A walk through a colorless swamp that almost instantly turns into laundry shoot to hell, an office that turns into a labyrinth where you're being hunted, or simply entering a room in the real world where a gruesome mess of murder paints a horrifying story of pain and suffering; there's a huge variety of experiences and they almost never show repetition outside of throwing you into abstract visions that seemingly blend from one to the next. One of the scarier moments in the game was when I made my way through the doorway of a tattoo shop, only to find a forest beyond the doors. As someone yells "Hurry. Your prey's getting away." followed by some screaming, I made my way into the woods and then almost immediately I was alone with only a dim light the showed me a few feet infront of me in a 360 degree spin. Maybe it's my pre-existing fear of being alone in the woods at night, but that was one of the many scenes that created a since of deep dread.

Observer Tattoo Shop Virtual Alleyway

Sound and Graphics

I've said before that both Layers of Fear and Observer are almost works of art. They are unique in their own messed up psychological way, but deeply immerse you into the worlds they build. I don't imagine anyone would, or could, try to debate that. At the core, this title delivers an incredibly interesting premise that I couldn't help but want to explore in a more varied way other than the linear nature it forces you to do. Rarely do I find myself looking closer at the environments of games other than to check for technical flaws and get an idea of the level of details involved, but something about this one made me a bit more curious of the smaller things. There are a lot of small corridors, hallways, rooms, etc, and it almost gives off a claustrophobic vibe at times.

The main protagonist, Daniel, is voice acted by Hollywood great Rutger Hauer. You may know of him from several movies, but most notably would be his performance in Blade Runner as Roy Batty. His lead voice acting role is everything that makes the game what it is. Not throwing shade when I say this, but his tired and rough voice matches perfectly with the old and beaten down character of Daniel. At first it takes a few minutes to really adjust to as its very unique from all other voices heard in video games, but once you adjust, you begin to realize just how perfectly it makes the game feel.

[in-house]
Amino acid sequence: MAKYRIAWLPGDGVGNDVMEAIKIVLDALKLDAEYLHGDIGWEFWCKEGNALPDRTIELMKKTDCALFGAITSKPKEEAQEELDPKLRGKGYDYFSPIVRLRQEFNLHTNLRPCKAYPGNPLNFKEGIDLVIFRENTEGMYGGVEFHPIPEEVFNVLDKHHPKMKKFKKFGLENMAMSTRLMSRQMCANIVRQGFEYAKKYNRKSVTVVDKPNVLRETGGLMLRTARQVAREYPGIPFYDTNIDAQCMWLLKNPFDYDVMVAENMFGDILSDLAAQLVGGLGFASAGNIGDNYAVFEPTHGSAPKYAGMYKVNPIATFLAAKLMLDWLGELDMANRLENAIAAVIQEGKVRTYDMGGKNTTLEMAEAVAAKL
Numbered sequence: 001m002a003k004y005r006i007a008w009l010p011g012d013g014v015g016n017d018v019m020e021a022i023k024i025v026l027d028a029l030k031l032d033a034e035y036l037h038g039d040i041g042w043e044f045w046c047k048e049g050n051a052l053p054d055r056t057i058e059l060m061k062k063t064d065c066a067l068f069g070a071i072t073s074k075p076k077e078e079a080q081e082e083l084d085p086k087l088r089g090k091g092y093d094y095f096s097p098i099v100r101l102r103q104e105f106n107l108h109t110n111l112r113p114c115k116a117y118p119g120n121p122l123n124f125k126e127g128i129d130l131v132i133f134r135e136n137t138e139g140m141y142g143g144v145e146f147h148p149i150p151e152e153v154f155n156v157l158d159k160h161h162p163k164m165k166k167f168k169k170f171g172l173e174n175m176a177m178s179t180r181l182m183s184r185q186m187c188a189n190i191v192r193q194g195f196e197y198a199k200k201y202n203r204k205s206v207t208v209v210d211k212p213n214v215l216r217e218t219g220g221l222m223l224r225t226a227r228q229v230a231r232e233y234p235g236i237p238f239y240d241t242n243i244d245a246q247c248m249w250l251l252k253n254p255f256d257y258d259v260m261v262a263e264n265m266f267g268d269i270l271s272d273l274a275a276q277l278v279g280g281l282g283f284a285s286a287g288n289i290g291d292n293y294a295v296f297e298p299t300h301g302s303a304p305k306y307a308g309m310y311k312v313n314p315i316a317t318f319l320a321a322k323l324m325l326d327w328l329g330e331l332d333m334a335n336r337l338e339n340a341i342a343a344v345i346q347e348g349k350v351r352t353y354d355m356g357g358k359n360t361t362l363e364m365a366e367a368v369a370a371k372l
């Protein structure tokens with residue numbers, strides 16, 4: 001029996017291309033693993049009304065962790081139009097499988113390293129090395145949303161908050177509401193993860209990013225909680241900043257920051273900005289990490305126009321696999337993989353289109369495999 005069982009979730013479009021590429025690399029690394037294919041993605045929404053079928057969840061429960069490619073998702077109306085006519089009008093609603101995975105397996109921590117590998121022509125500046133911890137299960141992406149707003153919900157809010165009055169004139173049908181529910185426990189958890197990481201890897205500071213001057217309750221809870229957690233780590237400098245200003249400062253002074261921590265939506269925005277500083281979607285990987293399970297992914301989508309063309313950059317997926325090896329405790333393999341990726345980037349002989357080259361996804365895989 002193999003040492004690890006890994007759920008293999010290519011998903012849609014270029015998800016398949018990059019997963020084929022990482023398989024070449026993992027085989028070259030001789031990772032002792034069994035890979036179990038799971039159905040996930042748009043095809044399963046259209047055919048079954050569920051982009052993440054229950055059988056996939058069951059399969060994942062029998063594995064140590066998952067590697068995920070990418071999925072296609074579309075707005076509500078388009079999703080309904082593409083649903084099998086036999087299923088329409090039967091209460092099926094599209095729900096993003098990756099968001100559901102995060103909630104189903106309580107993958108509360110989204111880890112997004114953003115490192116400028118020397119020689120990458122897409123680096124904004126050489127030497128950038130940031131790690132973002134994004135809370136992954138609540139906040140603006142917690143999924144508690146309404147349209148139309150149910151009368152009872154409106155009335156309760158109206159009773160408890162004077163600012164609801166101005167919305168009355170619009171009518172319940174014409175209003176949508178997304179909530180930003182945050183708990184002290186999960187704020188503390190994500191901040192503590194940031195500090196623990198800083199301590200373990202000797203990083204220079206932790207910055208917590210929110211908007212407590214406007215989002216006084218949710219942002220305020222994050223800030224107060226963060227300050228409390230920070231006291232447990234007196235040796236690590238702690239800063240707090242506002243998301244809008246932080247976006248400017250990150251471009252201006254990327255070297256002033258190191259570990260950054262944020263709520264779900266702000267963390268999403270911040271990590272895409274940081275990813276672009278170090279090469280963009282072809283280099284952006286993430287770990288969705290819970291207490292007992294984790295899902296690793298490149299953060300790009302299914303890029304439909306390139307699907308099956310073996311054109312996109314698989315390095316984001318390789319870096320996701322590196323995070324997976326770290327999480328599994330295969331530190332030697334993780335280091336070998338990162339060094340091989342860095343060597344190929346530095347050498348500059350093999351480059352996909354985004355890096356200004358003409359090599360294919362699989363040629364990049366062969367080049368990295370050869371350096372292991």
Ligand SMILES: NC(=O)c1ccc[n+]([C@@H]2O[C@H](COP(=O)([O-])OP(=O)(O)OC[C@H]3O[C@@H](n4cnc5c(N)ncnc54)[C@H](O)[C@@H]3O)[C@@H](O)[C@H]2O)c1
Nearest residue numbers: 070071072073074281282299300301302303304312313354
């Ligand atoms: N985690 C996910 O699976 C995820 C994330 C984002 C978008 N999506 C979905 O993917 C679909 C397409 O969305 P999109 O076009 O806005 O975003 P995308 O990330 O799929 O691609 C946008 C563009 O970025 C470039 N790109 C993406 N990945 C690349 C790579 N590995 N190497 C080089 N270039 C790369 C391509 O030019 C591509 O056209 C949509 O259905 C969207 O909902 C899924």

Observer Conversations in Real World

Conclusion

Every game has its pros and cons, and Bloober Team's projects are no different. I'm sure Layers of Fear won over just as many people with the immersive environments as it let down in regards to expectations for a horrific and mentally scaring experience, and Observer will be somewhat the same. I loved the cyberpunk world and I don't imagine they could have made it look any more badass and immersive. Personally when it comes to horror games I am not the one to dim the lights and put on the Astros, but I get a huge thrill from everything about them nonetheless. For me it was almost a perfect balance. I was able to enjoy the awesome cast of characters, take my time in the environments, but everything was scary enough that I needed to check my back constantly which gave me the thrill I was hoping for. If you enjoyed Layers of Fear, this game is right up your alley. If you didn't, maybe the cyberpunk setting will win you over in the end. 

Pros
Cons
 + Immersive atmosphere and graphics
 - Vague objective directions
 + Gruesome and intense scenes and rooms
 - "Horror" is subjective to player
 + Great voice acting by Rutger Hauer
 - A few technical flaws
 + Well executed augmented reality concept




SCORE: 8/10